Keep Tree Tops Where They Belong

How do we look at trees? Do we view them as living organisms with specific biological needs, or as just something to manipulate? As I look at trees pruned on public and private land, I wonder how much we have learned. Some work is good and some not so good. The not so good is often devastating and usually done without regard to the tree’s biological requirements.

Understanding how trees and branches grow is crucial. As a professional arborist in the Washington area, I am often asked to make decisions about a tree’s safety, health or aesthetics. Excluding any one of these factors could be disastrous to the plant or the client.

We have taken the largest, most magnificent organism on our planet out of the natural forest, placed it in an urban environment and asked it to do things it has never done in millions of years. There are myriad pressures placed on our trees but we expect them to grace us with all the qualities we enjoy in a natural setting. If we are to achieve our expectations, our tree care skills must compliment the plant’s biological requirements.

Trees are obliged to do one thing, which they perform better than any other living organism: They grow bigger every year. They have done this for millions of years and preventing them from growing could bring negative or quite possibly, disastrous results. Our role as tree stewards requires us to look at trees from the three aspects mentioned earlier, safety, health and aesthetics. We must look at these requirements as guidelines for tree care whether the tree is young or old. The practice of topping trees breaks all of these rules. There are no books that I am aware of which promote this practice, however, there are numerous books, journals and years of scientific evidence showing a topped tree is unsafe, unhealthy and unattractive.

I hear your questions and understand when you say, “ How about my fruit trees, ornamental trees or damaged tree tops? “ Treetops that become damaged must be removed. This can occur during storms or from poor branch attachment. Apple trees trained to 8 feet from the start perform better than trees that must be reduced to that height because of neglect. Older, neglected fruit trees can be left taller and pruned as shade trees, which provide flowers and important wildlife habitat. Ornamentals should be planted to achieve their adult growth potential, topping these trees will not allow this natural growth and promotes decay at each point of wounding. Every aspect of maintenance for your ornamental tree will be a direct result of where the tree was placed originally. Site selection must include a consideration of the plant’s genetically programmed growth habits and how it will look 20 years after planting. Proper site selection is essential.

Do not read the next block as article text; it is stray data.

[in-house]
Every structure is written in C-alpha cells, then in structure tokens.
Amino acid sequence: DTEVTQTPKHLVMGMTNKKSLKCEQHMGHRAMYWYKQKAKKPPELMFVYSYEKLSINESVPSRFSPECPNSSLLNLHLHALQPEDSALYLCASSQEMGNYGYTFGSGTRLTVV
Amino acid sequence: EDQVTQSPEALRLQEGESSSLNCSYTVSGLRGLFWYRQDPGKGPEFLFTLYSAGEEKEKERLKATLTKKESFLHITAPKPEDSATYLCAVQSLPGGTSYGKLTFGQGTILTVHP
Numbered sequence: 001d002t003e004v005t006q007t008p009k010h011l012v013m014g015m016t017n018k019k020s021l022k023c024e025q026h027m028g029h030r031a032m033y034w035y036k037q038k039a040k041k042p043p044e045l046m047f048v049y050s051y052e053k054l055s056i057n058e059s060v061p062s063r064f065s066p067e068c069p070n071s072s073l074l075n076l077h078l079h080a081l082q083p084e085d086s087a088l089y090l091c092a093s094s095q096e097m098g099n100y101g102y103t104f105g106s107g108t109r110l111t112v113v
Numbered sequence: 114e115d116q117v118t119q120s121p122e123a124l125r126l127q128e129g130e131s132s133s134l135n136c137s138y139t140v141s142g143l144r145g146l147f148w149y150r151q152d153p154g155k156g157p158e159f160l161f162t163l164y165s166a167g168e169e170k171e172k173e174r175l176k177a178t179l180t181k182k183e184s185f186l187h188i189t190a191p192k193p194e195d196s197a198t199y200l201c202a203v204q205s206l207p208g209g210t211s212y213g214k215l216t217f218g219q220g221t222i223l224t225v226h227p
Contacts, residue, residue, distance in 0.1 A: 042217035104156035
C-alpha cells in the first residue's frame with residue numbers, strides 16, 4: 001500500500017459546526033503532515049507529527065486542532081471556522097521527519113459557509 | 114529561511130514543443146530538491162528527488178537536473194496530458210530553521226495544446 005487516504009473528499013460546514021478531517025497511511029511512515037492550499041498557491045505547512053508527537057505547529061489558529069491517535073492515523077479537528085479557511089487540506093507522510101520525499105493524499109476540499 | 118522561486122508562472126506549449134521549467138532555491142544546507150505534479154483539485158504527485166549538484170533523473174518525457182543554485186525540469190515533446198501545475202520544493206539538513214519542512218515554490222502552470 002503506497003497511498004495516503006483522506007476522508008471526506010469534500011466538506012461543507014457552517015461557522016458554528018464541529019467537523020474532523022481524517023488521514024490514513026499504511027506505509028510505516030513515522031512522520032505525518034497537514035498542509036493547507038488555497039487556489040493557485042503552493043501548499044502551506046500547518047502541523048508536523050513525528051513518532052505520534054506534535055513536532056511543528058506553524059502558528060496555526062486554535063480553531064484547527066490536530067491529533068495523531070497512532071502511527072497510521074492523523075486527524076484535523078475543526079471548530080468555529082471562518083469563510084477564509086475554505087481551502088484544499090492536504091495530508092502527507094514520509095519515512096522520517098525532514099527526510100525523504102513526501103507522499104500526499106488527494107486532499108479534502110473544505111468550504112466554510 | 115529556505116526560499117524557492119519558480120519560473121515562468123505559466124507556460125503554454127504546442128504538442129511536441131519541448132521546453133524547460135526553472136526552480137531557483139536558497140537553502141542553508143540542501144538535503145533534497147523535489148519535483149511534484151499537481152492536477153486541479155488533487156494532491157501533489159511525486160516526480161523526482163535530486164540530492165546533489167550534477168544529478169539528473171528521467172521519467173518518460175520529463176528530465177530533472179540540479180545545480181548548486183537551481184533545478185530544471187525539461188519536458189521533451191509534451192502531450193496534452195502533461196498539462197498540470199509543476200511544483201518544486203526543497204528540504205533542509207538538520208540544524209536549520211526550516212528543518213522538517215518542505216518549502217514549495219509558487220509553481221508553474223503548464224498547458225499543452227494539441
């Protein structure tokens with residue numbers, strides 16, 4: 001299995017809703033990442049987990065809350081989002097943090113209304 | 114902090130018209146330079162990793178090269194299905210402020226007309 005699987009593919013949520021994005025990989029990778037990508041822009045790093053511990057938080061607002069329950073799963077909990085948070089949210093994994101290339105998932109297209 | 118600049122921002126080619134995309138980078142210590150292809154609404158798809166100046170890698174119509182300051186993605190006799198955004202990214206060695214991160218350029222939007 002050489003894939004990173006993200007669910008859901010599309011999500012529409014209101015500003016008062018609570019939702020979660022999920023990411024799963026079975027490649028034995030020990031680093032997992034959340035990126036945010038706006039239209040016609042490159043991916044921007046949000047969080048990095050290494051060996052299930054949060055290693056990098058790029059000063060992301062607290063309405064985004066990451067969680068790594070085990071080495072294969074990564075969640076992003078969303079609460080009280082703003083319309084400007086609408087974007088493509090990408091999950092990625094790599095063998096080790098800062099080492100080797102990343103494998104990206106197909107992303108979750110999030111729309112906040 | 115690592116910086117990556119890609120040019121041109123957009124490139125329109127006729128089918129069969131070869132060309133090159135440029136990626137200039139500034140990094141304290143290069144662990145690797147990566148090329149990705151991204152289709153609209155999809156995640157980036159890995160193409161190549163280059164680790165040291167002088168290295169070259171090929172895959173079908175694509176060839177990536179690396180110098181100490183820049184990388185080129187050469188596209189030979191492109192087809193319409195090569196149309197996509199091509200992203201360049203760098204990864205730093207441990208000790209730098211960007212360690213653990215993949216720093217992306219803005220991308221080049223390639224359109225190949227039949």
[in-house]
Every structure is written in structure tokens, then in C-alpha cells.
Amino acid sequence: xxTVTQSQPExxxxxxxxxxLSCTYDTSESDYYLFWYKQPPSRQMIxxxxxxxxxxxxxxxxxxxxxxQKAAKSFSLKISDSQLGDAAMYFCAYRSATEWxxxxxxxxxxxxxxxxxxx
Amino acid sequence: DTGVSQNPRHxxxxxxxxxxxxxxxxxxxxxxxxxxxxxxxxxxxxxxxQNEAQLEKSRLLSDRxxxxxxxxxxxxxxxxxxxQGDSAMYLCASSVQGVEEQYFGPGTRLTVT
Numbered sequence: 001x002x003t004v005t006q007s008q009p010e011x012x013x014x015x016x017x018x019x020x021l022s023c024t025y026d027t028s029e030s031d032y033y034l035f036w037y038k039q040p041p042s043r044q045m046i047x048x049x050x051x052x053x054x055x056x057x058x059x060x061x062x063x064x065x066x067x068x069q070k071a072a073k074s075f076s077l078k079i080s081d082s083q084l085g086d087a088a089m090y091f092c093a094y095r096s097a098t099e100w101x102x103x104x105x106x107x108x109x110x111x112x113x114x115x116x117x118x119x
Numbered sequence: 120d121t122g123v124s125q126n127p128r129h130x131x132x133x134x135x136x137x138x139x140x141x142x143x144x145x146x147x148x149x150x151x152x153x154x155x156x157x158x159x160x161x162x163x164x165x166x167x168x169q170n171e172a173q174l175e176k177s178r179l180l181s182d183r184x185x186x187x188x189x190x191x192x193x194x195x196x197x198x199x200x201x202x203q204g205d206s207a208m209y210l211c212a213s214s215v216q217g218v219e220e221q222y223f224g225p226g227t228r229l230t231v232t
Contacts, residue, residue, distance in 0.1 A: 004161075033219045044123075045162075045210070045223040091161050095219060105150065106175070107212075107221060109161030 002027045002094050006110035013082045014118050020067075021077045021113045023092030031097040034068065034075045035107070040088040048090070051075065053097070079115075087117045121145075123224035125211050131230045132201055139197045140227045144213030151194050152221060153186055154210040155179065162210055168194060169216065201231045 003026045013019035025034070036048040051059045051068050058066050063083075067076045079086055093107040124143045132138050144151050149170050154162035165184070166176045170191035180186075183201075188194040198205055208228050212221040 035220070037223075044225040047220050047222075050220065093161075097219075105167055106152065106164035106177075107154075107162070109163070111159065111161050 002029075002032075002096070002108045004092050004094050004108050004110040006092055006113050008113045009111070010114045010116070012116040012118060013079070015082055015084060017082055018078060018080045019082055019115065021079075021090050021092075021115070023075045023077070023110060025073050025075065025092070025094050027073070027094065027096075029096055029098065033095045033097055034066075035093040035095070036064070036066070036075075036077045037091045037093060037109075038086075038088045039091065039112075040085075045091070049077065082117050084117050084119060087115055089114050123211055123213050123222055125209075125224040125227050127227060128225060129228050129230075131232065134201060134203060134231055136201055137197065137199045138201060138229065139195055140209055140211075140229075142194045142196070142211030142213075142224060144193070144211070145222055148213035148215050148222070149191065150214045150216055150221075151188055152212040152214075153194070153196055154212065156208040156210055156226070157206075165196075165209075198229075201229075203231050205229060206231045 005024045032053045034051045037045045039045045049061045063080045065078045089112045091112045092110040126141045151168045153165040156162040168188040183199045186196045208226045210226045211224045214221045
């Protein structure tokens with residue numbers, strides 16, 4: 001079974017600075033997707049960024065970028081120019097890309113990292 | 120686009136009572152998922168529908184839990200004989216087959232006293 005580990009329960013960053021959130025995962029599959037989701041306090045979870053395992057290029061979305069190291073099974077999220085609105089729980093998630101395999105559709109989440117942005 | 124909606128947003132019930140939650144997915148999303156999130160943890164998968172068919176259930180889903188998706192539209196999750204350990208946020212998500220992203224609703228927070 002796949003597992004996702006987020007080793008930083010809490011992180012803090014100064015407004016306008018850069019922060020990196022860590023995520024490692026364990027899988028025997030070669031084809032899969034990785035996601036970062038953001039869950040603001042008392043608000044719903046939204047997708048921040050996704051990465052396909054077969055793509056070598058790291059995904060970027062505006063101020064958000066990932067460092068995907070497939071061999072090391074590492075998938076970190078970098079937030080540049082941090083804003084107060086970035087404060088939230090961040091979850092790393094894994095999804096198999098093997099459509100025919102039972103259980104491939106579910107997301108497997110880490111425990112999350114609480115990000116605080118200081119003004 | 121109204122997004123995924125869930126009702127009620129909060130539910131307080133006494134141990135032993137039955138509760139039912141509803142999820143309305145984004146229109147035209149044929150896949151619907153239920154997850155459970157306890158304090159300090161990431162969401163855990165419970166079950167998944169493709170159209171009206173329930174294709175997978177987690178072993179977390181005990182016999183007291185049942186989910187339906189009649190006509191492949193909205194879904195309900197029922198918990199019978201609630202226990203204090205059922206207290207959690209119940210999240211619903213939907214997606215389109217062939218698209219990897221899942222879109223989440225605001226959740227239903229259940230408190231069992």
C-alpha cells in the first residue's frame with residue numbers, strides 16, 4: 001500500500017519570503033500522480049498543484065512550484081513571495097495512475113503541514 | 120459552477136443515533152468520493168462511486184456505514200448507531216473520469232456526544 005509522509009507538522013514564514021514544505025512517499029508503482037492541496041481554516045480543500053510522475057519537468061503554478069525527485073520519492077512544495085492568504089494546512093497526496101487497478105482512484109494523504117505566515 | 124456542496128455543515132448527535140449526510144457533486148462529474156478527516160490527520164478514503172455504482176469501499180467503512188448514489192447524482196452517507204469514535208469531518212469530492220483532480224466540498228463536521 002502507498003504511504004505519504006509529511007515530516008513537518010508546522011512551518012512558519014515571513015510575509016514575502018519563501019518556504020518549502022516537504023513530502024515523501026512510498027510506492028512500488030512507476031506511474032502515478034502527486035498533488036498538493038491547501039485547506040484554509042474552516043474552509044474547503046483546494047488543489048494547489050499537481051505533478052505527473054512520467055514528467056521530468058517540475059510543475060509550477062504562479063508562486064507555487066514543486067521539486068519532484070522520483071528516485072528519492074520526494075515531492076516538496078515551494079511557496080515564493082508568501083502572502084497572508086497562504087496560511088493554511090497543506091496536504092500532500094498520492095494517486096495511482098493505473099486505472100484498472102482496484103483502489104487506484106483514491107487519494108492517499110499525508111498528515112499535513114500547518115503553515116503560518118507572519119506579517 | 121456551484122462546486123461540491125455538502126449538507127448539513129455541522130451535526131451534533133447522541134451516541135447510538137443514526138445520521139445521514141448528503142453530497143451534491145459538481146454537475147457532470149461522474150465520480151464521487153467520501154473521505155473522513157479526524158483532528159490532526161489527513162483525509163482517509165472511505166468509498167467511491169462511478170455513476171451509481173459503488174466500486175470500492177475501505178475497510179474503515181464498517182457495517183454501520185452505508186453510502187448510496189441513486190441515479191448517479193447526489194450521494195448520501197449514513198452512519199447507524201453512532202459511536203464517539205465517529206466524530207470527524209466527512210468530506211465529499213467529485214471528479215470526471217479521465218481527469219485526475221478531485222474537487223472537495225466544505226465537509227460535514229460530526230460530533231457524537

Topping is most evident when it is done to large shade trees. These trees lower our cooling and heating costs, while providing canopy under which we picnic with family and friends. A kindergartner once told me at an Arbor Day celebration, “tall trees are important because that’s where the monkeys live!”

From the mouths of babes! What a profound statement. Sometimes, tree professionals and tree owners just need to sit and listen.

Trees that are topped never recover and never become what they could have been. When we change a tree’s genetically programmed growth requirements by topping or removing too much of the trees’ green biomass, we force them into decline. Trees have a mass to energy ratio that has been dictated for millions of years. We must understand the tree’s internal biology, and allow it to do what it does best; get bigger every year!

Finally, trees are art. I call it the Monet/Van Gogh factor. Topping trees and “heading back” branches ruins the structural, artful architecture of any tree. When we assist trees in doing what they do naturally, we move towards a safe, healthy and aesthetically positive environment for people and trees. Trees are an investment, financially and intrinsically. In Wye Mills, Maryland we just lost the National Champion White Oak tree that lived for nearly 500 years. On the West Coast there are Redwood trees 5,000 to 10,000 years old. When humans reach 100 years we revere them as noble people. Some trees are almost 10 times that age. How do we revere them?

Trees can be easily destroyed through outdated methods of tree care. Dr. Alex Shigo, a prominent researcher and scientist, has shown through 5 decades of experiments that we can, through education, be our tree’s best friend and can, through practices such as topping, be its worst enemy.

Let’s look at trees through their “eyes” and biological requirements. Let’s look at them, as an artist would, helping them do what they do best, to grow and become the largest, most magnificent organisms on the planet. Urban trees are at our mercy but we have the power and the knowledge to make the right decisions!

Copyright 2005 by Peter Deahl. All rights reserved.

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